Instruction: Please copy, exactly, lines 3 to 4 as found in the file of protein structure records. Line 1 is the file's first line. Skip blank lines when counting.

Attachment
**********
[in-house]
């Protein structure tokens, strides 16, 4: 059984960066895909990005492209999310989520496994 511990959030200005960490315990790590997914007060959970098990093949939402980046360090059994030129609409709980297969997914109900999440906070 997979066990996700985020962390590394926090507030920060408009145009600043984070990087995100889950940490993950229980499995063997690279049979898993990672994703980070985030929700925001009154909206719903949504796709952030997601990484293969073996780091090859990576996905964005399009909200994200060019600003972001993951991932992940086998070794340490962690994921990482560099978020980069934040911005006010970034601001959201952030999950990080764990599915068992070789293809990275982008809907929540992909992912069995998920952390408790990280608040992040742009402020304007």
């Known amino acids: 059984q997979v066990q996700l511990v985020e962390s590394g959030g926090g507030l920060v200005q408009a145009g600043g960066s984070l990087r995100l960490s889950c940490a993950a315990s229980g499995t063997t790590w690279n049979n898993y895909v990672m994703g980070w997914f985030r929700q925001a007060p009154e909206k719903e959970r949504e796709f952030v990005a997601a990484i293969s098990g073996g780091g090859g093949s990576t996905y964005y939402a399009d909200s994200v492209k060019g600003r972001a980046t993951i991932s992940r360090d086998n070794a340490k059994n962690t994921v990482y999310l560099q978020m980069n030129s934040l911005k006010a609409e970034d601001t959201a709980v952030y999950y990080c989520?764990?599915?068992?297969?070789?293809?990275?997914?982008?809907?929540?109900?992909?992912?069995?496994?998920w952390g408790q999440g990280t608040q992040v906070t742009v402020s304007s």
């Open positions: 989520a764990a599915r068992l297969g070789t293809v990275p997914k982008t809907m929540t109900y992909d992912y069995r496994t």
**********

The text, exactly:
């Known amino acids: 059984q997979v066990q996700l511990v985020e962390s590394g959030g926090g507030l920060v200005q408009a145009g600043g960066s984070l990087r995100l960490s889950c940490a993950a315990s229980g499995t063997t790590w690279n049979n898993y895909v990672m994703g980070w997914f985030r929700q925001a007060p009154e909206k719903e959970r949504e796709f952030v990005a997601a990484i293969s098990g073996g780091g090859g093949s990576t996905y964005y939402a399009d909200s994200v492209k060019g600003r972001a980046t993951i991932s992940r360090d086998n070794a340490k059994n962690t994921v990482y999310l560099q978020m980069n030129s934040l911005k006010a609409e970034d601001t959201a709980v952030y999950y990080c989520?764990?599915?068992?297969?070789?293809?990275?997914?982008?809907?929540?109900?992909?992912?069995?496994?998920w952390g408790q999440g990280t608040q992040v906070t742009v402020s304007s």
């Open positions: 989520a764990a599915r068992l297969g070789t293809v990275p997914k982008t809907m929540t109900y992909d992912y069995r496994t």